29-Mar-2019 • Personal Finance

If Aussies had to choose between the two, 87% of Australian adults would choose owning a home over sending their children to private secondary school, according to a new study by ME.

The research by ME found owning a home and sending your children to private secondary school are common goals for most Australians: 91% currently own or would like to own a home, and if money wasn’t an issue, 58% of Australian adults would like to send their kids to private school.

However, ME Money expert Matthew Read said, “the enormous price tags both goals carry can make affording both out of reach for many so, one’s got to give, and for 87% of Australian adults, the house wins.”

ME surveyed 1,500 Australian adults to explore the trade-offs between home ownership and private education, the financial pressure associated with both and the sacrifices we’re prepared to make to reach these financial goals.

In terms of the affordability of private secondary schooling, of those surveyed 38% said it would be extremely difficult to send their children to private school, 50% moderately difficult and 12% not difficult at all.

Another key finding is that many Aussies could not send their children to school if they owned a home. Of those who said they’d like to send their children to private school, a massive 40% say owning a home will stop them from doing so.

And when it comes down to the crunch, only 17% can afford to both send their children to private school and own a home and the rest are left with the decision to favour one over the other.

“The survey also reveals we are willing to make some pretty big property and lifestyle sacrifices in an attempt to reach these financial goals,” said Read.

Although 45% would make no property owning sacrifices to send their children to private school, about a third (31%) said they’d sacrifice owning a larger home, 26% would sacrifice renovating their home, 19% would sacrifice living in their preferred suburb and 8% would sacrifice home ownership completely.

While 33% said they would make no lifestyle sacrifices to send their children to private school, the rest would make some pretty substantial sacrifices:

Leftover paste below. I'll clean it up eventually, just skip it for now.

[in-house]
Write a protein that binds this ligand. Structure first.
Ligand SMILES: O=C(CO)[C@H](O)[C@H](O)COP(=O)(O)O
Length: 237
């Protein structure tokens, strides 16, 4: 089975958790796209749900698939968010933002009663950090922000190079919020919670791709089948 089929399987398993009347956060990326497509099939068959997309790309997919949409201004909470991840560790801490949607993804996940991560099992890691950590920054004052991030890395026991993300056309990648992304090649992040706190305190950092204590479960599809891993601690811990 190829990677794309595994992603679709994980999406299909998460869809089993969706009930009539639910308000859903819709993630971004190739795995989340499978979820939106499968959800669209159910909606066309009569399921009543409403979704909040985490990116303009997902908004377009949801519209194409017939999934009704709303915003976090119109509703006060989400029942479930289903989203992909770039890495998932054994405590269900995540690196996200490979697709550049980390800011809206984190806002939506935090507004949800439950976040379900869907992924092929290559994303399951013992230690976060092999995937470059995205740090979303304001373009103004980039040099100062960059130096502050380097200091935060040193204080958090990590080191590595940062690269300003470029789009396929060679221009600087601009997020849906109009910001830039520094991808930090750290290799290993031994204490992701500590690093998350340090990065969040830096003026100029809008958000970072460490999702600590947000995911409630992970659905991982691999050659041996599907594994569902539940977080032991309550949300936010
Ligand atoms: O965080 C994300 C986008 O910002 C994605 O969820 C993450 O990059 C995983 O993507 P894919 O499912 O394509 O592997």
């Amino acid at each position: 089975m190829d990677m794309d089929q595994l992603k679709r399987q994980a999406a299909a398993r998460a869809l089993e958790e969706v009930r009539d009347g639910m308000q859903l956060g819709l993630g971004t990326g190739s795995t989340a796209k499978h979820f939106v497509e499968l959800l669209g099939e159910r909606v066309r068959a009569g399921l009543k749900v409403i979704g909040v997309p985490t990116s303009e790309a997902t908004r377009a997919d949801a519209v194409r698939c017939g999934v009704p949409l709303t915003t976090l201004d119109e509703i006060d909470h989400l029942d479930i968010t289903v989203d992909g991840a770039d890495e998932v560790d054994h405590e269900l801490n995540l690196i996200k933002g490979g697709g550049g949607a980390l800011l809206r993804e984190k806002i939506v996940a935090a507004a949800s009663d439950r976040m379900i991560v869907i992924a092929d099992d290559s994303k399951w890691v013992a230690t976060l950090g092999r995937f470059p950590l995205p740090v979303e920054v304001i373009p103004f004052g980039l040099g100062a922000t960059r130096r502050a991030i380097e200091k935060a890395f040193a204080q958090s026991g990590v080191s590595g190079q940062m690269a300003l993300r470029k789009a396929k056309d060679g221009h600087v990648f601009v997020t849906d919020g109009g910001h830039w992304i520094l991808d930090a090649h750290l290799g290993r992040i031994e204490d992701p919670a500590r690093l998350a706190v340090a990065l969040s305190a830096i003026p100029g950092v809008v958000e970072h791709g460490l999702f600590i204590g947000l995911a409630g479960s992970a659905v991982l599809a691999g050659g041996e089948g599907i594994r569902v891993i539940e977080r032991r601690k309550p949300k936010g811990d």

• 40% would sacrifice eating out
  • 38% would sacrifice a new car
  • 36% would sacrifice entertainment
  • 33% would sacrifice holidays
  • 29% would sacrifice new appliances for the home
  • 27% would sacrifice clothes and shoes
  • 23% would sacrifice sports and leisure activities
  • 12% would sacrifice work-life balance

“Even after the choice about home ownership versus private school has been made, there’s a lot of ambivalence,” said Read.

Over a third (35%) are worried about whether they’ve made the right decision, while just over half (51%) don’t think the financial pressure of doing both is worth it.

“When considering why home ownership wins over private school for those who have to choose, the cultural pressure we feel to own a home and live out the Australian dream may be a contributing factor on top of cost,” said Read.

The survey revealed Aussies feel far more pressured to own a home (60%) than send their children to private school (32%).

And while a house can cost much more than private schooling, we’re more willing to see housing as value for money: 63% find the financial costs of owning a home unreasonable, in comparison to 82% finding the financial costs of private secondary schooling unreasonable.


Editor notes: ME surveyed 1,500 Australian adults who currently own, or plan to own property, and currently have or plan to have children.

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